A lesson in living alongside the wildlife of UW

Who are the campus critters and how can we protect them?

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In an urban setting with the hustle and bustle of university life, it can be easy to forget that humans are just one species of many that make up the ecosystem that is the UW campus.

The presence of wildlife here at the UW is no new phenomenon, but after an injured barred owl was found near the Allen Library in mid-September having collided into a window, a community-wide question emerged: How do we better acknowledge and respect the many animals that dwell on our campus? 

Georgia Coleman, a student leader of the UW’s Wildlife Society, believes that the UW campus offers a range of interesting species worth observing.


An American Robinis standing on a tree branch on the UW campus.

“Most of the species [on campus] are synanthropic, which means they are urban species that are associated with humans,” Coleman said. “But if you look hard enough you can find more interesting [animals].”

Prevalent synanthropic animals on campus include the Canada goose, mallard ducks, rabbits, squirrels, crows, seagulls, and — more often spotted during the night than during the day —  raccoons and coyotes.

When it comes to maintaining this healthy ecosystem, John Marzluff, professor of wildlife science, described there are both universal and specific practices that UW community members can implement into interactions they may have with wildlife.

Some of the animals Coleman categorized as requiring close observation are species such as Anna’s hummingbirds, great blue herons, bald eagles, and other bird species.

“[The UW] put up a nesting platform for peregrine falcons, we have owls on campus, we have nesting Cooper’s hawks,” Marzluff said. “These are all predators that are a signal of a healthy ecosystem because the prey is available to support them.”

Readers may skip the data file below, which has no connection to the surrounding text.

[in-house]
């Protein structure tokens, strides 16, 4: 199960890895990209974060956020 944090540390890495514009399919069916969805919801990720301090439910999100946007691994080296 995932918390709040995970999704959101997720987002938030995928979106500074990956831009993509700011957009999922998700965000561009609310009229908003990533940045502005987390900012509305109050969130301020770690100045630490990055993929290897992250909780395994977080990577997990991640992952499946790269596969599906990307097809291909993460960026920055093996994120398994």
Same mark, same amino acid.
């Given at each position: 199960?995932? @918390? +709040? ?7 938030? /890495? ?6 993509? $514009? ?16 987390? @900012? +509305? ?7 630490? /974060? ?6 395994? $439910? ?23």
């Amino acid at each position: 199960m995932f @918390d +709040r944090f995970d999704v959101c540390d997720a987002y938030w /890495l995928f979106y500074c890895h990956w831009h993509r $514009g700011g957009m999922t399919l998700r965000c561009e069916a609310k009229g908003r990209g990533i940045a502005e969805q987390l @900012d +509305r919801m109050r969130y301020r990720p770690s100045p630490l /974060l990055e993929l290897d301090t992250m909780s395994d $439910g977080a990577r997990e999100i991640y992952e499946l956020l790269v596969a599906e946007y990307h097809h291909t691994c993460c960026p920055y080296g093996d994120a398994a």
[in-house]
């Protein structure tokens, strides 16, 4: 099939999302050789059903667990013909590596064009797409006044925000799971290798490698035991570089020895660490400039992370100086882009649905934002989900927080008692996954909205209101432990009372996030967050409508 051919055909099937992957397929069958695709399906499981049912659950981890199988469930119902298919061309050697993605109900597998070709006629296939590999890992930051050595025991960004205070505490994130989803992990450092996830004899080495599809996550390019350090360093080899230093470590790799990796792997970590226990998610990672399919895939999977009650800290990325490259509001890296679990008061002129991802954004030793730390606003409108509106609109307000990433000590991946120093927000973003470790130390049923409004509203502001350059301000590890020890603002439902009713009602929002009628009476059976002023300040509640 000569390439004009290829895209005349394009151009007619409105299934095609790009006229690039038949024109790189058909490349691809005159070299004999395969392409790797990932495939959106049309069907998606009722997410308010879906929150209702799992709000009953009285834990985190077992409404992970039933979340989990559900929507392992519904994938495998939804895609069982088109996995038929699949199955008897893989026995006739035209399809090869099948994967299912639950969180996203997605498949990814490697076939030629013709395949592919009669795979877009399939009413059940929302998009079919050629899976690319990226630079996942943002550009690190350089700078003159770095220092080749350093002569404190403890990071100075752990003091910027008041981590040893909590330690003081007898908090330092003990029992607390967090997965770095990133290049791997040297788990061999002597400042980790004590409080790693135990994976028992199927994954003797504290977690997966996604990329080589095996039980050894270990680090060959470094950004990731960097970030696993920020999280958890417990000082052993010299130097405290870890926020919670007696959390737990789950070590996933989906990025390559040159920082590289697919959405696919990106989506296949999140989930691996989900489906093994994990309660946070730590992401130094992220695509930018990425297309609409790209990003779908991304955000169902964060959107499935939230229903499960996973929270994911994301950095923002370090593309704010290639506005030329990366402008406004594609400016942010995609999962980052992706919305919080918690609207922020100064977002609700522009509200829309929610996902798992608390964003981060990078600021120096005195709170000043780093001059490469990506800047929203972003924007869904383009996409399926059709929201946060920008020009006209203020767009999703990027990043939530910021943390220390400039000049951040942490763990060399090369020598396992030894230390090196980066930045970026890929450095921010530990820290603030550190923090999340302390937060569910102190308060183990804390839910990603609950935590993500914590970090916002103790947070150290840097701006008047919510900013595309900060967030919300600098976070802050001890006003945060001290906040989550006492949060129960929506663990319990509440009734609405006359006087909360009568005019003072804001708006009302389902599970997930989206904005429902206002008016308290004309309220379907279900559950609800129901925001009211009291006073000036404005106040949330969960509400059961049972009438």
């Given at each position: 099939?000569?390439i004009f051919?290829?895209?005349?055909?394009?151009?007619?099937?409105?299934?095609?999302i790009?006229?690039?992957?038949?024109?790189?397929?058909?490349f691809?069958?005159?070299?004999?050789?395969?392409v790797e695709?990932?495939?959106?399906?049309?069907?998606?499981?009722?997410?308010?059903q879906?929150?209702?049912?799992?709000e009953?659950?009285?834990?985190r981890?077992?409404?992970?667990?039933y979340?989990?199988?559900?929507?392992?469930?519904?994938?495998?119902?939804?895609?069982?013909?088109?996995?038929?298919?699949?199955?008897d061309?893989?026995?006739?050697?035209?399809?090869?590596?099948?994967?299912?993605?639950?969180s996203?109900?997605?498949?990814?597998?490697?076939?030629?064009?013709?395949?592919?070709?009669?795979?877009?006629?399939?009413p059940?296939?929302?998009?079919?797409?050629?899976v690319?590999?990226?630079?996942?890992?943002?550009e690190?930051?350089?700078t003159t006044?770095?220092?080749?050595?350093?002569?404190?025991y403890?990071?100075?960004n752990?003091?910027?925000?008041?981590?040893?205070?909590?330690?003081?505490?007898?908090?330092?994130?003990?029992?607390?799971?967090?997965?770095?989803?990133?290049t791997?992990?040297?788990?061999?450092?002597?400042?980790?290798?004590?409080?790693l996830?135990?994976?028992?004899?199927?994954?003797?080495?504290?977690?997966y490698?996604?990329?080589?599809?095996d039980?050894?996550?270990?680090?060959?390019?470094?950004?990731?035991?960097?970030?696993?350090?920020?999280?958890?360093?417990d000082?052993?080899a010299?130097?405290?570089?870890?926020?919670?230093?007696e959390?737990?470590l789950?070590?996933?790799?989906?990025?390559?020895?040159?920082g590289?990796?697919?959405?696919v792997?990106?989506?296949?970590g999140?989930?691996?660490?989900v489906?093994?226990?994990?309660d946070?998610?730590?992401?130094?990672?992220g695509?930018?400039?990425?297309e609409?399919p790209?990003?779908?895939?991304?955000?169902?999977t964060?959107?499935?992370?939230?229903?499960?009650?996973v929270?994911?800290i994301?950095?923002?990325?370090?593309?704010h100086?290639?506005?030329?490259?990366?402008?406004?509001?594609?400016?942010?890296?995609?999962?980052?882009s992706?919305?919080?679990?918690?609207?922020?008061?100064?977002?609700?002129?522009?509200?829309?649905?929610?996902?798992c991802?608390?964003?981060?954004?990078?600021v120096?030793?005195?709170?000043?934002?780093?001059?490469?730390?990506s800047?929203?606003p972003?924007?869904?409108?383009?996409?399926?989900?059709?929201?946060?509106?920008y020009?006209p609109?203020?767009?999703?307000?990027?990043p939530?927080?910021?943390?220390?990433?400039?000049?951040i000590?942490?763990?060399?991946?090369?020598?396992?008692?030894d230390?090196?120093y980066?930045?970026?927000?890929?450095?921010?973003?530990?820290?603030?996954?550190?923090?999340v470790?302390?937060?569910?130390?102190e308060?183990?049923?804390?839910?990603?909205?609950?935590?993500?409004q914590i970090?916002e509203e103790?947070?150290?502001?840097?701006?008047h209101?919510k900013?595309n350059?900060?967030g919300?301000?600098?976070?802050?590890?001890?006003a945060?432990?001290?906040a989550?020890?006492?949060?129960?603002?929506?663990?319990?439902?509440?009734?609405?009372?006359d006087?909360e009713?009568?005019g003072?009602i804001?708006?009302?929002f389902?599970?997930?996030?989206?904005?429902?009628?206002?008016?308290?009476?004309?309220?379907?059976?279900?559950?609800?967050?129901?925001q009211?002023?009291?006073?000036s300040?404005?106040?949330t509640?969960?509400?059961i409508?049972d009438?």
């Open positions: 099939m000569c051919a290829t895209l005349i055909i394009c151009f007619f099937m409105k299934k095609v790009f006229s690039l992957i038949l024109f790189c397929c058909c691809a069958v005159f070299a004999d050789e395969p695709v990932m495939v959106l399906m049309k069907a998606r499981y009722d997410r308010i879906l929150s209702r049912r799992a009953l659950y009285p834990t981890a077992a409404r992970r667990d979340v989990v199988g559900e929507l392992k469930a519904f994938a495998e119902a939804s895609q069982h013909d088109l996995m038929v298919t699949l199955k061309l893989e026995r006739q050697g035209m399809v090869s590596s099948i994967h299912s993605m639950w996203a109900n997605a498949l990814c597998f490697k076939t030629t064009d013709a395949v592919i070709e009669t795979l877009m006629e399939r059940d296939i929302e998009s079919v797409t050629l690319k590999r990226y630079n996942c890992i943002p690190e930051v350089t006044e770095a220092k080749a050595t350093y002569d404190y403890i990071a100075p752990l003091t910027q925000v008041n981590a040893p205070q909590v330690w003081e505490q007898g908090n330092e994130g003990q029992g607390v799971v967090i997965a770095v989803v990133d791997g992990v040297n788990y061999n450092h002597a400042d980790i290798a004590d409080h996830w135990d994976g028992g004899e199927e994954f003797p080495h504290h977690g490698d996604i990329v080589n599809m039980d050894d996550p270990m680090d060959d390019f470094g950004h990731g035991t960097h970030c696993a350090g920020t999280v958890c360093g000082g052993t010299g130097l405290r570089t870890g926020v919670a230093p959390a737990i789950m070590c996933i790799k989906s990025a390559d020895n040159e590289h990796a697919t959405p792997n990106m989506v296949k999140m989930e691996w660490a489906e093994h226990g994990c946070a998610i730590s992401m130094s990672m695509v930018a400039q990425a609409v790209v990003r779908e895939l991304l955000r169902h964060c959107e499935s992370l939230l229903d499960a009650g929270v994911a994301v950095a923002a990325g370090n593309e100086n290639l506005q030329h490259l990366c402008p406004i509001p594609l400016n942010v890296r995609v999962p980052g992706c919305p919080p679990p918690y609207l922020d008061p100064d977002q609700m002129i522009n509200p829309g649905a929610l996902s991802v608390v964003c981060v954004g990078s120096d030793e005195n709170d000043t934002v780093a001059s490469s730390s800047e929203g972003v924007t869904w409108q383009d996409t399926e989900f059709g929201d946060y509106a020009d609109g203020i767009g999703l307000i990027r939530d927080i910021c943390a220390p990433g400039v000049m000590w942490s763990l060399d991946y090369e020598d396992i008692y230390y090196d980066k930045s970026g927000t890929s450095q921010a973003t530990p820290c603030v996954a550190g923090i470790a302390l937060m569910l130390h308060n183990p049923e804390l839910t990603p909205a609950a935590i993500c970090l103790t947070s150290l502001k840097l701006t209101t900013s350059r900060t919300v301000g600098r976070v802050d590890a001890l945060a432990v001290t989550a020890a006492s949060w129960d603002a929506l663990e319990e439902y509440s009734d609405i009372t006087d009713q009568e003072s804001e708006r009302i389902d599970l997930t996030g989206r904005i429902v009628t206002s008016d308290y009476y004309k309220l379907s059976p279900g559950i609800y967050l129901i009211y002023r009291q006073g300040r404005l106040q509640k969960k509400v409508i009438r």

One universal practice Coleman advised is to stop feeding all wildlife, including the seagulls and squirrels who are often fed by the public.

According to the King County Department of Public Health, the act of feeding wildlife can lead to overpopulation, the spread of diseases, and increasing aggression with food expectancy, among other problematic effects. These situations can easily be avoided if people ensure they are not feeding any animals.

For birds on campus in particular, the main dangers are free-ranging cats and windows that birds can collide with.


A squirrel looks for nuts just off the sidewalk on the UW campus.

“Past and present spay and neuter programs have allowed cats to roam on campus,” Marzluff stated. “And from a wildlife standpoint, the worst possible thing we could have on our campus are free-ranging cats.” 

One solution to the problem with windows is to increase the visibility of the glass with ultraviolet paint or stickers. According to the American Bird Conservancy, windows cause up to a billion bird deaths per year in the United States.

For some more general ways the UW’s human community members can support non-human community members, Coleman suggested taking a visit to the Union Bay Natural Area where versatile wildlife can be seen, as well as exploring classes offered by the UW College of the Environment.

Ultimately, taking the time to learn about campus wildlife is also time spent learning how to respect the UW’s many animal species. 

“Just getting to know some of the species that live here and a little bit about them would be great,” Marzluff said. “I think it would engender some interest and respect for [the animals], the more you know.”

Reach contributing writer Jax Morgan at development@dailyuw.com. Twitter: @jaxbmorgan

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